Late last week, a massive wind storm cut a swath through Montreal, wreaking havoc across the city and surrounding area. The storm’s 63 mph winds took down power lines in the nearby suburb of Lachine, resulting in a fiery electrical orb that terrorized local residents.
Luckily, one of those residents was bold enough to pull out his camera phone to record video of the crackling fireball as it passed through the power lines outside his home. According to an interview conducted with The Huffington Post, the resident said he was prepared to capture the video because a similar electrical phenomenon had passed by the same way only 15 minutes earlier.
In classic utility company fashion, the resident has yet to receive an official response addressing his complaints about the twin fireballs that surged past his home. He told the Post that the best explanation he had been offered so far came from an electrical engineer who reached out via Reddit.
This video has been popping up all over the internet in the week since it was recorded and there has been much conversation about the shocking images it contains. But no one in the ‘mainstream media’ is really asking how or why, preferring the just let the video play out for the ‘WOW’ factor. Well, at The Service Coach, we work with some of the best electricians in the country every day and we feel we wouldn’t be doing them justice if we didn’t attempt to break down this epic electrical event and explain it for the common man.
According to Reddit’s helpful electrical engineer, that ‘fireball’ was actually a “high impedance electrical arcing fault.” An arcing fault is basically an abnormal electric current that occurs during extremely high voltage events between system conductors and the ground. In most cases, these types of phenomena are prevented with protective devices like your fuse box, circuit breaker or an auto-recloser. An auto-recloser is a surge protection device often found on telephone poles, overhead power lines and electrical substations which can automatically close the breaker after it has been activated due to a fault.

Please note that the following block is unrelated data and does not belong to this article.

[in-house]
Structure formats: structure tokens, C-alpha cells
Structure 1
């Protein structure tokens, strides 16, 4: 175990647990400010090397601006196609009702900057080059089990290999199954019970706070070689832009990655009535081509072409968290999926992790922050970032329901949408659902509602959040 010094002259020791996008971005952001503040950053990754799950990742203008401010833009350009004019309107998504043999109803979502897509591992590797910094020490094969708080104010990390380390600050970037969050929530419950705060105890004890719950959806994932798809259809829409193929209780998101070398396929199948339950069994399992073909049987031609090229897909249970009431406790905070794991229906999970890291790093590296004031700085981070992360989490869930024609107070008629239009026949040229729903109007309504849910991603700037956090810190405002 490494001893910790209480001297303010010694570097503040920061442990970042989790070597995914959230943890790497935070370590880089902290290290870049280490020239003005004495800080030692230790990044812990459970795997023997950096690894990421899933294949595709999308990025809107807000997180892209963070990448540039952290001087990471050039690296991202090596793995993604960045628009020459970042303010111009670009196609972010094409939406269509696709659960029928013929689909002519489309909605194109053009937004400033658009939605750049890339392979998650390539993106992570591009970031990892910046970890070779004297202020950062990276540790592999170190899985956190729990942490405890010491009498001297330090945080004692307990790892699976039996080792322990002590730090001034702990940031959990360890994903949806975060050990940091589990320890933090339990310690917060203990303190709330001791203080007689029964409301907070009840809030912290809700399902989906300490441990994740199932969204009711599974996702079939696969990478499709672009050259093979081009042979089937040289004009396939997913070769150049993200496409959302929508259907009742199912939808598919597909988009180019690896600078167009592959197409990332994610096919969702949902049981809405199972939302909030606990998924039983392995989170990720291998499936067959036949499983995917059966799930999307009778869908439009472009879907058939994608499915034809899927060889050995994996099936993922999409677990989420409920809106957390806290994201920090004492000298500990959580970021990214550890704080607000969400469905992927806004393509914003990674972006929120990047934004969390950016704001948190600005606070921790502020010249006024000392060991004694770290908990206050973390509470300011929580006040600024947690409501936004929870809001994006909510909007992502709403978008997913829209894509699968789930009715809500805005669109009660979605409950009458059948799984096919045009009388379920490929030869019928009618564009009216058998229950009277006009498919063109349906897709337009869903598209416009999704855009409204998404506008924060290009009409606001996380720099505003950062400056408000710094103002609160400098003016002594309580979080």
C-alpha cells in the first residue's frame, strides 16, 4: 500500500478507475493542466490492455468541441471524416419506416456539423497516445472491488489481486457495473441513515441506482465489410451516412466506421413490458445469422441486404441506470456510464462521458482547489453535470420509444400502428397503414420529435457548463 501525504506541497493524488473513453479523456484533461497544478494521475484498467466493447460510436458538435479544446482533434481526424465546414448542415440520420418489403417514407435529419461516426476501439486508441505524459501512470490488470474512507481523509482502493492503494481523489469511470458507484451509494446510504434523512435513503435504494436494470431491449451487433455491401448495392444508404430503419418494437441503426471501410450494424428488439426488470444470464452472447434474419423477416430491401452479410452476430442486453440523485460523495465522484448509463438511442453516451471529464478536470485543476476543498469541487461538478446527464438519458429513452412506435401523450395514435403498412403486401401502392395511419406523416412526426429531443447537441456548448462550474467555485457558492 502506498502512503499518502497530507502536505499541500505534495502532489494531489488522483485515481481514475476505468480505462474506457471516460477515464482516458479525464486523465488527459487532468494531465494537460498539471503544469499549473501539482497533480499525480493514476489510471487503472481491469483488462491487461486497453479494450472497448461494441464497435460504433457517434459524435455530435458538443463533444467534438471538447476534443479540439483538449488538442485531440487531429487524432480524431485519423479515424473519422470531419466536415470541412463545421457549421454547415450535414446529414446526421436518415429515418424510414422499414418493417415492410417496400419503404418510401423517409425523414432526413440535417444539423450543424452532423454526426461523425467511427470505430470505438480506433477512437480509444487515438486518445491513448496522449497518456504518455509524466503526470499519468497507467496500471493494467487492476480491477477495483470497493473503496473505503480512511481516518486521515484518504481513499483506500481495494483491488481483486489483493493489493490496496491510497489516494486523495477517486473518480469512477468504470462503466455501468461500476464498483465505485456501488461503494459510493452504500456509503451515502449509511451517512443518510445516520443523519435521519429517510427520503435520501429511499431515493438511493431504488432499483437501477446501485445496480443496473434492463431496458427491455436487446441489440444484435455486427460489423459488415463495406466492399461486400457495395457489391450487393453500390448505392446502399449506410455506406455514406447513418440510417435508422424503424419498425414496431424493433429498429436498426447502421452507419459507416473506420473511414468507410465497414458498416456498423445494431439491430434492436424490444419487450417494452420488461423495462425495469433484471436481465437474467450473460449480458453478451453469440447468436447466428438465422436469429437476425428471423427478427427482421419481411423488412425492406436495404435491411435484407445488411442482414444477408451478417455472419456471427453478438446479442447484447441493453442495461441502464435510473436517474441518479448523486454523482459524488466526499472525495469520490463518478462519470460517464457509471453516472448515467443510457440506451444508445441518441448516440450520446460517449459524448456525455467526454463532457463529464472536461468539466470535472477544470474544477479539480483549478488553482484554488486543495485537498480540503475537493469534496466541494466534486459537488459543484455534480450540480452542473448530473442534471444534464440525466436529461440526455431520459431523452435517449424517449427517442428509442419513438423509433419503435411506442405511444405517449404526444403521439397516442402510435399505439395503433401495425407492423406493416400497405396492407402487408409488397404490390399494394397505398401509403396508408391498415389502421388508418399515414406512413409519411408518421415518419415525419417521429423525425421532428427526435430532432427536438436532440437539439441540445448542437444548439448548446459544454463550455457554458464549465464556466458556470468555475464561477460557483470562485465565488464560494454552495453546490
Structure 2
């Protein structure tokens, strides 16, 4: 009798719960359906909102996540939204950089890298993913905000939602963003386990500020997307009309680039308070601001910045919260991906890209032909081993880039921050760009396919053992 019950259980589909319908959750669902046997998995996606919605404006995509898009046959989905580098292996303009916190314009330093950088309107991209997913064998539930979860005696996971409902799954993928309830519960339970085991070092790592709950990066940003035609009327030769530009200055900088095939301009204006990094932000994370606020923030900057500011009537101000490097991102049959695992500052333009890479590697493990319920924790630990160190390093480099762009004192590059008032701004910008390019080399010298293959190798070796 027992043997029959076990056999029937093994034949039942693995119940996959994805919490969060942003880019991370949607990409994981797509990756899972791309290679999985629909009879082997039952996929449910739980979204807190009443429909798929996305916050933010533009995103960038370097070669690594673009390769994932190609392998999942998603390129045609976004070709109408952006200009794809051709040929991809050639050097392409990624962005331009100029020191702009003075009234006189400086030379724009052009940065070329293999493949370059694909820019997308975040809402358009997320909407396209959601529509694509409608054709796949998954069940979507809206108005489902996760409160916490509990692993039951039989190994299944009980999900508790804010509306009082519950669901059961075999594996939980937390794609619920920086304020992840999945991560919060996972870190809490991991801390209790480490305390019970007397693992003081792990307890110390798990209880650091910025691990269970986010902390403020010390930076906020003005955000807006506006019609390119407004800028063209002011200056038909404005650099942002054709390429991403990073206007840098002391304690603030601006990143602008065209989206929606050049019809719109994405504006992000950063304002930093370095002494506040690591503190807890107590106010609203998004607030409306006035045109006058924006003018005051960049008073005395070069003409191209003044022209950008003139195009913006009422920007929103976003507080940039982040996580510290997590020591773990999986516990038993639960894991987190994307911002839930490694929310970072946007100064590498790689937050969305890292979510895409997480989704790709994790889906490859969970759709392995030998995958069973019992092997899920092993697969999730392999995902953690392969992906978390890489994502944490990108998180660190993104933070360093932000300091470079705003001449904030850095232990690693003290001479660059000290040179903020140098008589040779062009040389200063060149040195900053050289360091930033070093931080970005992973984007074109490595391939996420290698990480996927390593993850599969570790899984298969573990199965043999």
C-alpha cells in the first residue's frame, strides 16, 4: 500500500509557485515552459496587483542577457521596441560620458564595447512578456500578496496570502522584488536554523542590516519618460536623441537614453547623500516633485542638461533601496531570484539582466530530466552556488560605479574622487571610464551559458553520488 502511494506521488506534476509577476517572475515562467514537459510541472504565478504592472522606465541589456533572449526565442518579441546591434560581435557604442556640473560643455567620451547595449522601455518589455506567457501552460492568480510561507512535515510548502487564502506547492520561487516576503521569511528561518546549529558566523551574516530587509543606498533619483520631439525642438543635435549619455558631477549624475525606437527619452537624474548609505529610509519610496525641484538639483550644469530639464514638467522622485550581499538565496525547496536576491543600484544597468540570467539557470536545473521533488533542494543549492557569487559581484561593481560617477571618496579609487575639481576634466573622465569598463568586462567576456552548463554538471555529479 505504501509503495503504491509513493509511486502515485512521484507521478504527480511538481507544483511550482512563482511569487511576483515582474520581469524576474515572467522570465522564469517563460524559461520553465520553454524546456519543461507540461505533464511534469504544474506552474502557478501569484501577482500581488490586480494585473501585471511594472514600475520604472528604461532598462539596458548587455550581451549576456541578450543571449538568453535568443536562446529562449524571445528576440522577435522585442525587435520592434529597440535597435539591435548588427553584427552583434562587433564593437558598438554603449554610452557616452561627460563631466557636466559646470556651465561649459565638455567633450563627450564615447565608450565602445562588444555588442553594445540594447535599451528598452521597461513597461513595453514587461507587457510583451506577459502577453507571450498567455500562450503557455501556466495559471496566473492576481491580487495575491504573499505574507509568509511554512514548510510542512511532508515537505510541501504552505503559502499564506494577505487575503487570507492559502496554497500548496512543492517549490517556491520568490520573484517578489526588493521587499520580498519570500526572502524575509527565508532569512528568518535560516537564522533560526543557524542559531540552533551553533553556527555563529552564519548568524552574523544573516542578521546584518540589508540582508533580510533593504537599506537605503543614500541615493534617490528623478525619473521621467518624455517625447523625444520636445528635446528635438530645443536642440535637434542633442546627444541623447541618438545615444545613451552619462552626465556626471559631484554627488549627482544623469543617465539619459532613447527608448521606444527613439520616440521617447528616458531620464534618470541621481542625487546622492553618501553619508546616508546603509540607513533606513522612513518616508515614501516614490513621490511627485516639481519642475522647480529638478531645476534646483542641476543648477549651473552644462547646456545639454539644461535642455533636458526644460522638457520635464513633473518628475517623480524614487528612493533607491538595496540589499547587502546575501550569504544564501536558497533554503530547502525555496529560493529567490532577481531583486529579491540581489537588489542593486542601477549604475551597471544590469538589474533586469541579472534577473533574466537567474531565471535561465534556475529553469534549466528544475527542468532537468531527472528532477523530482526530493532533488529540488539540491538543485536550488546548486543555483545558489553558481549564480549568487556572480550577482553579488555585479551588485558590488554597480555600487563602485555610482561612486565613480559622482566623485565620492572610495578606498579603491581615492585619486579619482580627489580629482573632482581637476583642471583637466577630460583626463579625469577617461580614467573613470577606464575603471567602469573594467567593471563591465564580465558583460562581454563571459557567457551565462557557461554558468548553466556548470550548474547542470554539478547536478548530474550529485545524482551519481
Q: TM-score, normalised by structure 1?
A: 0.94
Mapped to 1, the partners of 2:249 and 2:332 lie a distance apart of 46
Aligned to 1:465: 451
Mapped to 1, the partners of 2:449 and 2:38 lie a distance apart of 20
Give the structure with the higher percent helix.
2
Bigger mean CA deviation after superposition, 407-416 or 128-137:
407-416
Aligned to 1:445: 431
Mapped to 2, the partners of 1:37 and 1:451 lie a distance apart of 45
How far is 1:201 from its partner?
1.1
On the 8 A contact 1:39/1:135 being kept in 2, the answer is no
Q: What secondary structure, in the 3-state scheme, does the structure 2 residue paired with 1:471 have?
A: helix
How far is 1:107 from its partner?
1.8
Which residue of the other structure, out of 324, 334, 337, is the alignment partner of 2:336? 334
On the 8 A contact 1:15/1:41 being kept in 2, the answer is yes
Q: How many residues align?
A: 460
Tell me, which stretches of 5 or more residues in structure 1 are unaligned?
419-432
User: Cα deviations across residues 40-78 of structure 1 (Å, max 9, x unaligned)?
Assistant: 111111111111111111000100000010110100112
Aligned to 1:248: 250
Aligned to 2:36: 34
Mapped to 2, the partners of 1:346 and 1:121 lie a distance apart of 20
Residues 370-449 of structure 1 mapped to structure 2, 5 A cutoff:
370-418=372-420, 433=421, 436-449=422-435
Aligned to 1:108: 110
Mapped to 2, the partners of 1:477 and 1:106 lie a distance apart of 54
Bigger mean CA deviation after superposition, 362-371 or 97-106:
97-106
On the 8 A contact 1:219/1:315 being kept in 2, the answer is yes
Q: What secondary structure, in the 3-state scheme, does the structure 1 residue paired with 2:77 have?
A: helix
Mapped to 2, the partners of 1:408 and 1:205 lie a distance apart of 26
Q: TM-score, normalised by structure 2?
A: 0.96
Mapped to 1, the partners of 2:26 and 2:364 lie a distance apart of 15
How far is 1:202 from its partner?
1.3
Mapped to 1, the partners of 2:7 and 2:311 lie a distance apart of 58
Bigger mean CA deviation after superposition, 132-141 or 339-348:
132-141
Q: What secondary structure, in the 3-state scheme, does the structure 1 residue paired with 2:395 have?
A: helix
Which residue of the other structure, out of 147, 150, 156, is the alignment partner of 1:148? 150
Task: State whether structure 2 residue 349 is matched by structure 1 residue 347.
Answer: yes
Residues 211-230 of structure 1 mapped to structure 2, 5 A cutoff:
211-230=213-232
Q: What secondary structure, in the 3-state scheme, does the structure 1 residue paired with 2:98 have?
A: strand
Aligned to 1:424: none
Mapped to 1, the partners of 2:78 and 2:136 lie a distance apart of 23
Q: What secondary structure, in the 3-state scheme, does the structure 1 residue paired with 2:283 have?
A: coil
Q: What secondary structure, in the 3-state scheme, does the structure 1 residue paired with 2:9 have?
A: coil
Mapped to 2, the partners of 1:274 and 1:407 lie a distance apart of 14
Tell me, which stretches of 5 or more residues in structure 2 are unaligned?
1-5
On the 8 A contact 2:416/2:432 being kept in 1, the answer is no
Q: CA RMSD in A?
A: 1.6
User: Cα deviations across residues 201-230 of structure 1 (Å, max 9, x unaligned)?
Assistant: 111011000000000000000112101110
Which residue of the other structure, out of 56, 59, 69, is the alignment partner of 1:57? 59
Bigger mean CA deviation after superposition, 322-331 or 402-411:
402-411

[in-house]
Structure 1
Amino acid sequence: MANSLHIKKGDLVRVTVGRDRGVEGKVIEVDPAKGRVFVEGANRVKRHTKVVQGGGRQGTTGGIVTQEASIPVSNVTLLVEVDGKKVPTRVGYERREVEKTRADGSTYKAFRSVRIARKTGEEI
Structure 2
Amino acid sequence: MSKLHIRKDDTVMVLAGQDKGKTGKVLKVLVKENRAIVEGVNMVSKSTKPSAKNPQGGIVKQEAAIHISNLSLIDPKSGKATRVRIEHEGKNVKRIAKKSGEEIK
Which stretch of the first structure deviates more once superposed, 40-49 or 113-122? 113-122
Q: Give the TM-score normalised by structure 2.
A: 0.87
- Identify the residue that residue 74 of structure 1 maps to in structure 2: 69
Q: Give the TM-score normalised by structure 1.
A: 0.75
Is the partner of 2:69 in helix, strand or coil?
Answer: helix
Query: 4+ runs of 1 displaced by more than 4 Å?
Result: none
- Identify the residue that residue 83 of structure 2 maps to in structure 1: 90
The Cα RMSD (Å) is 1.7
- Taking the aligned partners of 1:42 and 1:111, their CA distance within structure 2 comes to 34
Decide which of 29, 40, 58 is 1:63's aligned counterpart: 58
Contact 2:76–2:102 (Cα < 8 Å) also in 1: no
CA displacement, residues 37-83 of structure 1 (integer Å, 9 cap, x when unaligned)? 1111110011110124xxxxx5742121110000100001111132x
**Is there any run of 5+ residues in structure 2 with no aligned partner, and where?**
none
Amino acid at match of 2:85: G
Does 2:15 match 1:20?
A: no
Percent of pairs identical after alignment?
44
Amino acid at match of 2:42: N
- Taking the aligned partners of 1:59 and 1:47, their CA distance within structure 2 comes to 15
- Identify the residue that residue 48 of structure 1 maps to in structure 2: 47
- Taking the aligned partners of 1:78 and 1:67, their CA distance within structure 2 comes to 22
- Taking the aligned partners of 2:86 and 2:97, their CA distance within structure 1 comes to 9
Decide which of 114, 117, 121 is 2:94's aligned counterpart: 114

So there are supposed to be fail-safes in place to prevent this kind of stuff—they just didn’t work too well this time. Sounds like a power company in Montreal might have some explaining to do. In conclusion, we would like to take a moment to thank our camera-wielding Quebecer who was brave (or foolhardy) enough to catch the whole incident on video. Well done, sir.
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